The Scholastic Kids & Family Reading Report has tracked reading frequency among children ages 6 to 17 since 2010. While the report shows the rate of children reading one to four days per week has remained steady, the percentage of those who read every day is down and there’s been a slight uptick in the number of children who read less than one day a week. What’s more, trends show that after age 9 – third grade, typically – children read with dramatically less frequency. The good news is thatc this presents an opportunity to get your child to read more by instilling good reading habits.
At a time when parents and educators are making a coordinated effort to accelerate learning in and outside the classroom, it’s important to pin down strategies for establishing reading routines.
“During the past two years, many children have experienced an interruption in instruction, impacting learning,” Burke says. “Reading daily for a minimum of 20 minutes and having conversations with children about what they are reading will help build fluency, enhance vocabulary, and foster a deeper comprehension. Children who read regularly do better in school, not just in reading but in all subjects.”
- Devote a cozy space to reading. Just as books provide a chance to explore or escape, a child’s reading environment should support these imaginative pursuits. "Create a special place to read, decorate it, and make it comfy and inviting so that children want to be there," recommends Burke.
- Establish a reading routine. “Maybe read a passage from a book before they head out to school,” Burke recommends. “And reading before bed can have a calming effect after a busy day.” Either way, every page counts toward building better reading habits and motivating an innate desire to read.
- Be a reading role model. This can be particularly helpful with young or reluctant readers. “One of the most important things you can do is model good reading behavior. Turn off the TV, put away your phone, and spend quality time with a book. Your child will see that books offer their own enjoyment,” says Katie Carella, a former teacher and executive editor at Scholastic who oversees the Acorn and Branches book series for early readers.
- Set reading goals. These can do double duty to build ability and pride, and are particularly helpful for children who respond well to goal-setting or incremental wins. “Allowing children to set goals in reading engages them and builds a sense of accomplishment,” says Burke. “Establishing and accomplishing goals build executive functions that last a lifetime.”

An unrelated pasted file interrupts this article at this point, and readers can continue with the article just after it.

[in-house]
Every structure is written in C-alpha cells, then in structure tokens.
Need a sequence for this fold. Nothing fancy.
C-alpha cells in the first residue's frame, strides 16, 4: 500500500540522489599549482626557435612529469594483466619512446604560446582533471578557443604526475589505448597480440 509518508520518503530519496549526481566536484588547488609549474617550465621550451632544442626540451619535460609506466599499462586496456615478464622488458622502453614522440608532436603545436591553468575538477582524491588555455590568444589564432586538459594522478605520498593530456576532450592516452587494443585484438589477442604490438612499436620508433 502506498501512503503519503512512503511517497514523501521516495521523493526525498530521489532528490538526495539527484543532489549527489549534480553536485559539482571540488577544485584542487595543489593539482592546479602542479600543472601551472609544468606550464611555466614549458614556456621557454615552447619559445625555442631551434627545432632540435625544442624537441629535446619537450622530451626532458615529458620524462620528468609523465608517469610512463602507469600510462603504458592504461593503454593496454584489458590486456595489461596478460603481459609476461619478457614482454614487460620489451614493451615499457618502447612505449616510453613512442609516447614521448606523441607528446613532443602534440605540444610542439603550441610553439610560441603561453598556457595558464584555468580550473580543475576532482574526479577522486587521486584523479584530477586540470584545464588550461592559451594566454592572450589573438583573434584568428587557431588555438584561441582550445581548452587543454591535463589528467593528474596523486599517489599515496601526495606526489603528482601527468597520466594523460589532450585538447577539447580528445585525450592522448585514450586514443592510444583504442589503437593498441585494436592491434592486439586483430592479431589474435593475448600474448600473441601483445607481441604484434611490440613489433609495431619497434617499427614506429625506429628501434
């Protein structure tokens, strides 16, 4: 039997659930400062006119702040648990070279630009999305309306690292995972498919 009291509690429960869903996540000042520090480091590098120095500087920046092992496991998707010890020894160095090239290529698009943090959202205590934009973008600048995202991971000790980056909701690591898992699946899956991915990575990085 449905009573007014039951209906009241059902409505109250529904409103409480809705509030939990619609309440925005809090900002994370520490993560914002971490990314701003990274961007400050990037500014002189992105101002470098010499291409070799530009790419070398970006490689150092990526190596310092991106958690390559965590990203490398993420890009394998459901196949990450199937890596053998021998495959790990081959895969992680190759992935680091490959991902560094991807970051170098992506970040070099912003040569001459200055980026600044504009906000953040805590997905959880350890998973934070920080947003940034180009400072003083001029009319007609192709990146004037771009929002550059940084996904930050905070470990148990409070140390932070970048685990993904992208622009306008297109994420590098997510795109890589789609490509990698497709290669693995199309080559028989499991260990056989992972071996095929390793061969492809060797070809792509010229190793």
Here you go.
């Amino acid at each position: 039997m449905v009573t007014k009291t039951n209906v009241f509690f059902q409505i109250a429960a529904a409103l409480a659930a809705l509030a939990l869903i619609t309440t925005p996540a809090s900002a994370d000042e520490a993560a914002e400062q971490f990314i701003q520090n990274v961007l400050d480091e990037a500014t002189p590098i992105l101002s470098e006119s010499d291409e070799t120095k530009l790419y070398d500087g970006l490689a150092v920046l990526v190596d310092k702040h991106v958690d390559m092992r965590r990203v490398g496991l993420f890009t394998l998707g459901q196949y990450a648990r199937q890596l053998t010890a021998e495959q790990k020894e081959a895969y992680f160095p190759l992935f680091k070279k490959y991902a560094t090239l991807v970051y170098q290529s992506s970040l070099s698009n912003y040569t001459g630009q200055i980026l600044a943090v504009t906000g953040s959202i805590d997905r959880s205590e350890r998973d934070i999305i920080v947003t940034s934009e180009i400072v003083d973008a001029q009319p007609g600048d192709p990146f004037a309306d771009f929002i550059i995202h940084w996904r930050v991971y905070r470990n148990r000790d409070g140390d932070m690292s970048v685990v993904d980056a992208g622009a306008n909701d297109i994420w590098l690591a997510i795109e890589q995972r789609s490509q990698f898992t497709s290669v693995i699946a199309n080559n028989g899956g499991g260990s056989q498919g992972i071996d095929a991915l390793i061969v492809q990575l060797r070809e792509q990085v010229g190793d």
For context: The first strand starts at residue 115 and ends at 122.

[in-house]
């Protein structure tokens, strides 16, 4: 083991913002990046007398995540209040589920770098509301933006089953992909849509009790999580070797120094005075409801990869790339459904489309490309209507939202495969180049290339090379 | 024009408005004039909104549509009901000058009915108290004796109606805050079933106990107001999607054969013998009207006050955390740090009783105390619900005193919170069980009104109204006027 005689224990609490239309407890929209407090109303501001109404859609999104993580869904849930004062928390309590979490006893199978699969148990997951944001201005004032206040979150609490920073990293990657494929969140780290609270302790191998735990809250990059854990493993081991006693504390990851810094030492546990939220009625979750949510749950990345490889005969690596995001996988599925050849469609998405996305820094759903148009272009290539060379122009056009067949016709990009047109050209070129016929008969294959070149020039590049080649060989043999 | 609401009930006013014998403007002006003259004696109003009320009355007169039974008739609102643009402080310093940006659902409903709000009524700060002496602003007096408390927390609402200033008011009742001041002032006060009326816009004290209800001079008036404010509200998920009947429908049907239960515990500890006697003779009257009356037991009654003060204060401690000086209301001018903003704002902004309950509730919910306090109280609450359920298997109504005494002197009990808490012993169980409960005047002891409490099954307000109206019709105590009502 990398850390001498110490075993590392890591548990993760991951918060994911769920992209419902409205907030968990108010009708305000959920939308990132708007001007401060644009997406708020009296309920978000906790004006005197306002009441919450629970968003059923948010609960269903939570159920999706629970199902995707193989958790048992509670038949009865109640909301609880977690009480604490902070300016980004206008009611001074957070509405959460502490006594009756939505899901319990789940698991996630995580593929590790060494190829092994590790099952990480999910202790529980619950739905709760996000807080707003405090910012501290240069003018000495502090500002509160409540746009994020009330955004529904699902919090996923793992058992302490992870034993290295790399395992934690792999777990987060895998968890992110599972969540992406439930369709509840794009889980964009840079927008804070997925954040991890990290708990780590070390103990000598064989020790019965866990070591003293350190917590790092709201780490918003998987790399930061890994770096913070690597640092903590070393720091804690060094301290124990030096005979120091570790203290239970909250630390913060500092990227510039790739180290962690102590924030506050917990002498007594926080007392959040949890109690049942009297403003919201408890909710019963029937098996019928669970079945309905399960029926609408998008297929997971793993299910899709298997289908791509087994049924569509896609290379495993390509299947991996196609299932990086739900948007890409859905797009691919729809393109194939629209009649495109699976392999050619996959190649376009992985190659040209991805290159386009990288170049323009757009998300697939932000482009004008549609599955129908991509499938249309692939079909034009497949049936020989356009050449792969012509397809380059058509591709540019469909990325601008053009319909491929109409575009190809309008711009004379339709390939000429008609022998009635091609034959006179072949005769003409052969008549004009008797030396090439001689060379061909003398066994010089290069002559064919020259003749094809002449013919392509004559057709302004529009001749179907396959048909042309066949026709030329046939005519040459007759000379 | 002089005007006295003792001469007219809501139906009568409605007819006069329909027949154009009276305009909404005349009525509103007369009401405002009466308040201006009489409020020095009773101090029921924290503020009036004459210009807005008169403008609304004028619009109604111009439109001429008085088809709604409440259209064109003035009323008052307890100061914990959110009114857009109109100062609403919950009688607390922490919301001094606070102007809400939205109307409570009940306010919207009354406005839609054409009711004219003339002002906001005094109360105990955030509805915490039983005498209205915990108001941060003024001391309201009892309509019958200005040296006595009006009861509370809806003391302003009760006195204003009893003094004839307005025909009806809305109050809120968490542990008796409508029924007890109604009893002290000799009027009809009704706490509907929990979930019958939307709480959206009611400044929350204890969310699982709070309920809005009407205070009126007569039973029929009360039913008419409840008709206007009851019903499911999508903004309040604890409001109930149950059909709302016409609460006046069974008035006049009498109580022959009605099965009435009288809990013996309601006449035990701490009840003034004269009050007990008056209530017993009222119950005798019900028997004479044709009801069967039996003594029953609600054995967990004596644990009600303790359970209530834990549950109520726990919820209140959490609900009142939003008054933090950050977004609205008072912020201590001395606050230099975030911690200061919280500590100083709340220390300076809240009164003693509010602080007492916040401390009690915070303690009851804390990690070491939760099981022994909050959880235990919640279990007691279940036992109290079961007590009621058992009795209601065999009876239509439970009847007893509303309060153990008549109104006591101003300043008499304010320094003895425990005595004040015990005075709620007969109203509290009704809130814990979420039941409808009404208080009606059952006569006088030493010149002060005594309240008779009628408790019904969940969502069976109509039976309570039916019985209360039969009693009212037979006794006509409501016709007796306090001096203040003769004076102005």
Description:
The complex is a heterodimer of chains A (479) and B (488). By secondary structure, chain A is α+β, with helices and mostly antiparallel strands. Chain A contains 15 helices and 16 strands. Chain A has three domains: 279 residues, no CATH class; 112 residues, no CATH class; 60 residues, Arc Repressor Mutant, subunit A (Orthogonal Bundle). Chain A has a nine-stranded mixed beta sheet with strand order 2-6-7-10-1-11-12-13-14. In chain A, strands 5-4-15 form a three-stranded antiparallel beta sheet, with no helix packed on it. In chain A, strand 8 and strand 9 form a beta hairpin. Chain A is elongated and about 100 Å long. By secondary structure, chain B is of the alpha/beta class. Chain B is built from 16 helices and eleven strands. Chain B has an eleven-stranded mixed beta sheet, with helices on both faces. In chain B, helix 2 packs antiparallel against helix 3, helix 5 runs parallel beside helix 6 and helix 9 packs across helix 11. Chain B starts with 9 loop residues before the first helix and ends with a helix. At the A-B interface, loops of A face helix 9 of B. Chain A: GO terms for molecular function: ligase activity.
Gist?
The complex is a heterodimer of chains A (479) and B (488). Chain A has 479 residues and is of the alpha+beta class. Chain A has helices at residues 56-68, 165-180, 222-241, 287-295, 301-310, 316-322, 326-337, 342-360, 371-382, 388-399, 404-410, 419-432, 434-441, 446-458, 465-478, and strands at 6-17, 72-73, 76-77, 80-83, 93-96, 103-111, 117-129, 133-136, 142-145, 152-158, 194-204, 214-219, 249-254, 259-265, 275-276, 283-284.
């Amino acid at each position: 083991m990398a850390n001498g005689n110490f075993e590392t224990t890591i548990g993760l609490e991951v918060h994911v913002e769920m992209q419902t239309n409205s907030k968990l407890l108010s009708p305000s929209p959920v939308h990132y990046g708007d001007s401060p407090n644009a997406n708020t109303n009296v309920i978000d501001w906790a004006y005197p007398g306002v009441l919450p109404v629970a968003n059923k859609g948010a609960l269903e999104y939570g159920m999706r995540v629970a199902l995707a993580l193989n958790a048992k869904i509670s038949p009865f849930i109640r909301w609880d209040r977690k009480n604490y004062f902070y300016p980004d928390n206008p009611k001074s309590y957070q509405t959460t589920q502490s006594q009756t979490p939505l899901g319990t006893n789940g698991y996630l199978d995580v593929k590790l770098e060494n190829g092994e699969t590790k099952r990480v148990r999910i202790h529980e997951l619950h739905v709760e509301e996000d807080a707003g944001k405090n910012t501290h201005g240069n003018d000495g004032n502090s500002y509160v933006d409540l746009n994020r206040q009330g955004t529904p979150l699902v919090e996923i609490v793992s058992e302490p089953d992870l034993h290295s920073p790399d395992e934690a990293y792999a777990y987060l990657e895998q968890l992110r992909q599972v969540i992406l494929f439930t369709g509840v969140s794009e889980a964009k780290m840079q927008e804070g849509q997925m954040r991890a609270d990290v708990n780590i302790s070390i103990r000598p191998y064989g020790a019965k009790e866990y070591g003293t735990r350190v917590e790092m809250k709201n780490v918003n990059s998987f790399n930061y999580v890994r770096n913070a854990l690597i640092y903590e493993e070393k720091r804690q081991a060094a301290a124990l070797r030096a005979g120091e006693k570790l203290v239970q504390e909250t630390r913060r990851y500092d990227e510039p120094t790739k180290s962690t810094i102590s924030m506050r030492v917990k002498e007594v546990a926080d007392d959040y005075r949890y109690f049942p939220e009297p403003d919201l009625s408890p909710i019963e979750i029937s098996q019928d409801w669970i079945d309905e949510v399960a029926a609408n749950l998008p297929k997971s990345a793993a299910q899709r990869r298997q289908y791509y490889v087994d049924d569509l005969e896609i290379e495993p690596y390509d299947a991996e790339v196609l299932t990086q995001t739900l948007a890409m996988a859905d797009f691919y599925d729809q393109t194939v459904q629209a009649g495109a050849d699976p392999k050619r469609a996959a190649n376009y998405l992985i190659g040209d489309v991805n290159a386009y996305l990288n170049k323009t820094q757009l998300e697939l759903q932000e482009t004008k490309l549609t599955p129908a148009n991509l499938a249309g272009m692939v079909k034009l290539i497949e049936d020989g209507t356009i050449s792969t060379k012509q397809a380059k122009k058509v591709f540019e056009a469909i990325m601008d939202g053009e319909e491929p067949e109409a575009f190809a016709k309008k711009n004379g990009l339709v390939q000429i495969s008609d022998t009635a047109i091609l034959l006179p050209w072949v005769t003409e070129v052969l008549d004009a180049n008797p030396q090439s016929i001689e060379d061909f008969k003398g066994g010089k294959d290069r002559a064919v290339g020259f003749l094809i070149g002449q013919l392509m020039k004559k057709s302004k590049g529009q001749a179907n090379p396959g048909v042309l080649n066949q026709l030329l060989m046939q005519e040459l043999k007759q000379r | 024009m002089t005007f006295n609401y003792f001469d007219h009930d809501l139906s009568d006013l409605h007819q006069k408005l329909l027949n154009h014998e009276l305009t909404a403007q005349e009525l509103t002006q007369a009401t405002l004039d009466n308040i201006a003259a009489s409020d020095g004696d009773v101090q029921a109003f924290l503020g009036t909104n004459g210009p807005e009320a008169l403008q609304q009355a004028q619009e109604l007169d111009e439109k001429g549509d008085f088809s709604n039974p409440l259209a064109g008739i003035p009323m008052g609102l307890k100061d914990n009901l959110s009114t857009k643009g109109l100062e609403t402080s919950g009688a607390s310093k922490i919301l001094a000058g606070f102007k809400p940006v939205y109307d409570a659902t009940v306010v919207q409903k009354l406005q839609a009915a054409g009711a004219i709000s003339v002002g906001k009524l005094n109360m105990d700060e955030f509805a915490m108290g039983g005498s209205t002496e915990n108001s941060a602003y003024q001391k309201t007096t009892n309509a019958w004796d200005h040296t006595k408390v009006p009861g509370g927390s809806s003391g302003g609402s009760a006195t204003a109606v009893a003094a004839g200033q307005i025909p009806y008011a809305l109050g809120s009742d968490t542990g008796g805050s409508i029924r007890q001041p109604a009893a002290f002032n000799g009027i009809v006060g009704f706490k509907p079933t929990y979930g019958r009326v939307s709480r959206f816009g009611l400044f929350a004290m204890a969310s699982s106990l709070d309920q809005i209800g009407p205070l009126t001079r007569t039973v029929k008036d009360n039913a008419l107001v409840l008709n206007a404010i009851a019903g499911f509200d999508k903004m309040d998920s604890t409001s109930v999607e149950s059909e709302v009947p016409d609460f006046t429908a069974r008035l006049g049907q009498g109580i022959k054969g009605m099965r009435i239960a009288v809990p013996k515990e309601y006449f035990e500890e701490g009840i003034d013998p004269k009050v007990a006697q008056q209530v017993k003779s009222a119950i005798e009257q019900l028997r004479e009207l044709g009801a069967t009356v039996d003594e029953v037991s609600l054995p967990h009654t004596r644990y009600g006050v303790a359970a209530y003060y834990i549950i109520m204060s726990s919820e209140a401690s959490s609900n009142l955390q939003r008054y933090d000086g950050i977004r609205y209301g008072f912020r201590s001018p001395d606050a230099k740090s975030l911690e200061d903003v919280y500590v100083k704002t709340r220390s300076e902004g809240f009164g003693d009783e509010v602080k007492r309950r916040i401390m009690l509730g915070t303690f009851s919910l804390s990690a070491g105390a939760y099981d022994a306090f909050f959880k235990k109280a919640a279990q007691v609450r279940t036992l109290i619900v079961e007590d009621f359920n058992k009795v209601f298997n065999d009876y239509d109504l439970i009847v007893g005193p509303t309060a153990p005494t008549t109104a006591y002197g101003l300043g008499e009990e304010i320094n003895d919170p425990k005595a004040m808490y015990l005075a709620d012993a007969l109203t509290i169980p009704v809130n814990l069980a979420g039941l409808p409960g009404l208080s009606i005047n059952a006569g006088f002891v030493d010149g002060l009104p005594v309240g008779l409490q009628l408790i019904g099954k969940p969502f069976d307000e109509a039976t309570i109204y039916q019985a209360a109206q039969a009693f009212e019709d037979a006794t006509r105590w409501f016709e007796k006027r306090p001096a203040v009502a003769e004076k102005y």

- Make reading social. “Capitalize on children and their friends and the social nature of children by encouraging a small group to read the same book,” says Burke. “Ask children to discuss what they liked or didn’t like about the book. Children can text each other feelings they had about the book, FaceTime a friend about the book being read, and so on.”
However you choose to develop good reading habits with your child, what’s important is that they enjoy what they read. After all, this is how you can get your child to read more! The more enjoyment a child gets out of reading, the more they’ll want to continue.
“If children love what they read and see it as a pleasurable experience, they will want to repeat the activity,” says Burke. “Children need to build connections with characters, their experiences, and their feelings to truly engage with the book and the story. When children make this connection, there is greater motivation to read more.”
If children read more when they enjoy what they read, then it makes sense that children prefer what they discover themselves. Scholastic experts and educators agree on this golden rule: Let your child choose their books.
“The most important thing is to get children excited about reading, and that happens when they are encouraged to choose their own books,” says Carella. “And all book choices are good book choices because when a child chooses a book, it means they want to read it.”
If you’re unsure how to guide your child’s book selection, try these strategies:
- Ask your child about what topics they’re most excited about right now. “Talk with children about their interests and browse books with them,” says Burke. “Conversations about what books children enjoyed reading help them better understand what to select next to read.”
- While you’re at it, encourage your child to share their burgeoning love of books with others. Giving books as gifts can be a novel peer-to-peer exercise for developing good reading habits. “Let children buy books for special presents, give books as presents, and build a home library that reflects the child’s interests,” says Burke.
- Don't forget about the magic of a good series to get your child to read more. Once your child engages with the first book in a series, they’ll automatically be reaching for the next title in the set.
Looking for more tips? See all expert advice about establishing reading routines at home, including how to choose just-right books.
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